Fayruz Abdulhadi writes: Libya has been an especially difficult place to live over the past few weeks. With a string of high profile assassinations, a jailbreak, and a series of sometimes thwarted car bomb attacks, there is plenty for Libyans to be exasperated by. Yet amidst the lawlessness of recent weeks, nothing has frustrated the Libyan streets more than the daily power outages, sometimes running up to an excruciating 16 hours at a time.
The government has offered explanations, from overconsumption in the summer months to lack of maintenance, a legacy underinvestment in the network, and even sabotage by Qaddafi loyalists. This may be post-Revolution Libya, but given the country’s vast riches, a lack of electricity is a problem that seems especially hard to explain away.
The country boasts some of the world’s largest proven oil reserves, substantial capabilities for natural gas production, $168 billion in foreign assets and an enviable 2000 km-plus stretch of coast on the Mediterranean. For all these assets, Libya (pop. 6.4 million) also has a relatively small number of mouths to feed. In other parts of the world, the combination of small population and ample natural resources has generally proven a surefire formula for success. Why does Libya fail to follow suit?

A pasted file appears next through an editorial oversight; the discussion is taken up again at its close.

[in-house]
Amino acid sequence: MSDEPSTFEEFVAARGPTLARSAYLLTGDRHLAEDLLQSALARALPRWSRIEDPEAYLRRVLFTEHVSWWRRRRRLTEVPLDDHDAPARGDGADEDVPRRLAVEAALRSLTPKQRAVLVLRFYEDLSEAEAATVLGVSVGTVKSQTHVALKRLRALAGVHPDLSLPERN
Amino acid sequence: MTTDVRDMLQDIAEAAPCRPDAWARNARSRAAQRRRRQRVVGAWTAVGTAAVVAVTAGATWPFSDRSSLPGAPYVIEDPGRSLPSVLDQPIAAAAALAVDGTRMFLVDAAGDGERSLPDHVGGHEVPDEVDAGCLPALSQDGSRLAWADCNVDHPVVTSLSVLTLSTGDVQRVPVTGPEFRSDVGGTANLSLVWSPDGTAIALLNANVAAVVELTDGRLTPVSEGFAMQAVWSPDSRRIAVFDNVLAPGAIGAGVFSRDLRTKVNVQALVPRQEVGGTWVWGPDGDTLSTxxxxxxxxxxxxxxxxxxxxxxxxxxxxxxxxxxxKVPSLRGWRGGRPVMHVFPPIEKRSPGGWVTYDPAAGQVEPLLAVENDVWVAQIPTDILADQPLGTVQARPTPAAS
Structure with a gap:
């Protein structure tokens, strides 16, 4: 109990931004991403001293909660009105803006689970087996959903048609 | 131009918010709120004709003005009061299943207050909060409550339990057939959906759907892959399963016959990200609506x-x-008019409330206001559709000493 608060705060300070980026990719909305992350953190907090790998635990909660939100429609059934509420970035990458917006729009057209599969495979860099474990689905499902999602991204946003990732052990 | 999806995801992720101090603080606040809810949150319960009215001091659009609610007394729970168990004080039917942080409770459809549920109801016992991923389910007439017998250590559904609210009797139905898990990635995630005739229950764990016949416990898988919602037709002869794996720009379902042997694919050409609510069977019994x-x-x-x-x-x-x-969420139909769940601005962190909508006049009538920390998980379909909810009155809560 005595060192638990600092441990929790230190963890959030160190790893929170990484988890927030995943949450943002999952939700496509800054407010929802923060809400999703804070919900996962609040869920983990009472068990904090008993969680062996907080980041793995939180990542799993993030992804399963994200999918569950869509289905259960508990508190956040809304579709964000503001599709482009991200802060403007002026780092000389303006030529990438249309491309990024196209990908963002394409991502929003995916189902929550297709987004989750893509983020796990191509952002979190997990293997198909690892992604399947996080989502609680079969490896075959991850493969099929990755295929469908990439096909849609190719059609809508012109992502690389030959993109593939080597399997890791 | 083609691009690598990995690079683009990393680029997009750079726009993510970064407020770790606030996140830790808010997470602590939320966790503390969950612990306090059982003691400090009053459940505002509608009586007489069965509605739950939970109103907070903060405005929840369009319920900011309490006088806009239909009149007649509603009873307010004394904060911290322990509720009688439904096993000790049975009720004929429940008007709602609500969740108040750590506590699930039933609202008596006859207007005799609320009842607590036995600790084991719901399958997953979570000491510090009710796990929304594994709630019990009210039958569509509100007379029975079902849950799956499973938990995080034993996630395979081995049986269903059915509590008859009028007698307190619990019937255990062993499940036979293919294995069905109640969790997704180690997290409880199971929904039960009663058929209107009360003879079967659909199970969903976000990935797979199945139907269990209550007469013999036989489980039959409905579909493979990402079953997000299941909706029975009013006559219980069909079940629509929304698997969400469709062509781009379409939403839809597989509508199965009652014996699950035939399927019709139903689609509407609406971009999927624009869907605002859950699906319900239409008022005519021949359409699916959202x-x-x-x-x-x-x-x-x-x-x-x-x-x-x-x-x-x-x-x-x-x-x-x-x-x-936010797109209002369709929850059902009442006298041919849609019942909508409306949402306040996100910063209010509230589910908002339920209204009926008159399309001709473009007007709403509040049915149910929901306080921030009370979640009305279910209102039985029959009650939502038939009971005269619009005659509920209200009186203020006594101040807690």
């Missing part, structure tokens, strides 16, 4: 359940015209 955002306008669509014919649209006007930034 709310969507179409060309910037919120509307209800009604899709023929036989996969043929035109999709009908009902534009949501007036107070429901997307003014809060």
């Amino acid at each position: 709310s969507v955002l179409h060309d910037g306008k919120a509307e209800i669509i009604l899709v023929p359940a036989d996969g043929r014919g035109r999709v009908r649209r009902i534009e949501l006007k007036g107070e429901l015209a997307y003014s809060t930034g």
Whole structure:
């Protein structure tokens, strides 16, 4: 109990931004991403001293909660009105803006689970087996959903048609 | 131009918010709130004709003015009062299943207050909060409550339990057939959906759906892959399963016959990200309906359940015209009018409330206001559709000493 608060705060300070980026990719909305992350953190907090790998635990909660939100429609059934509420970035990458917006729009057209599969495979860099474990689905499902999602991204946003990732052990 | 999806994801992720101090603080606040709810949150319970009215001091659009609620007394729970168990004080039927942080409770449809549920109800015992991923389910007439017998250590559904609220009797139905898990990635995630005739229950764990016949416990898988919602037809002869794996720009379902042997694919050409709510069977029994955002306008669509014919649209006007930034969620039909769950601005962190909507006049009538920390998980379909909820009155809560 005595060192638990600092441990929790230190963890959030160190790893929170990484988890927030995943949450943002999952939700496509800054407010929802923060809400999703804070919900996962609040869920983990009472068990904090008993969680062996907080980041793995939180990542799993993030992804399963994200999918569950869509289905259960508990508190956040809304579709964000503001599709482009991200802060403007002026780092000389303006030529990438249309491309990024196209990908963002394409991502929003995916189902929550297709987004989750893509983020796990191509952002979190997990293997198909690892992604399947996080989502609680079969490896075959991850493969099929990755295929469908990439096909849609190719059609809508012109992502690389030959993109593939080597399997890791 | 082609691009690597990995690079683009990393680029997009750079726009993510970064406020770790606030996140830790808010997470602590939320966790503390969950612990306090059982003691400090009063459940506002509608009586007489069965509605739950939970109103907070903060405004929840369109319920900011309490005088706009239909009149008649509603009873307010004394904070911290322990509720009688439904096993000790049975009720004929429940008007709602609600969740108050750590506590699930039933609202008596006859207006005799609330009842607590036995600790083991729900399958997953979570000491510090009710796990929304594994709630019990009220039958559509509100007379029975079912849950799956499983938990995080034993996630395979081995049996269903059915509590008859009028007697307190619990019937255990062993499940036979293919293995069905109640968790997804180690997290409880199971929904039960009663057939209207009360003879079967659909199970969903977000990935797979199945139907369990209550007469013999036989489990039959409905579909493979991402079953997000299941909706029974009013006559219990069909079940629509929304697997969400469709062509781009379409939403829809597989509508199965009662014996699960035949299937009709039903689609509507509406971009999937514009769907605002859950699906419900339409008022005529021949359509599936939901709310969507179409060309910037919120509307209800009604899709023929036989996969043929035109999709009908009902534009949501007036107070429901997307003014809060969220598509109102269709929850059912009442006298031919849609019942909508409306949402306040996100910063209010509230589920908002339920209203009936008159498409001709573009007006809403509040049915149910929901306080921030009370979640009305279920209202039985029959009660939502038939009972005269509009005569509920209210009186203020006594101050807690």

During Qaddafi’s reign, at the very least it was clear why infrastructure and public services were lacking: the Colonel and his cronies were visibly enriching themselves on the back of oil exports, leaving little of the country’s bounty for the average Mohammed to enjoy. Now that the Qaddafi family and their business associates are gone, however, the lack of public investment is more puzzling. In a nascent democracy, it is also far less tolerable.
Truth be told, conditions for ordinary Libyans have not improved in the two years since the Revolution. The hospitals are “unfit for human beings,” in the Health Minister’s own words. The schools are decrepit. Sewage spills pungently into the once-pristine Mediterranean shoreline. Even an internet connection is a serendipitous occurrence. For Libyans and observers alike, it is not immediately obvious why Libya should be in such dire straits.
Incompetence and widespread corruption top the list of popular explanations for the country’s current condition. Both are, to some extent, true. Emerging from dictatorship, public servants are equal parts unskilled and corruptible. But the reality is that even a competent and fully transparent government would find governing today’s Libya an impossible task. The reason is simple: despite its apparent wealth, Libya is broke. [Continue reading…]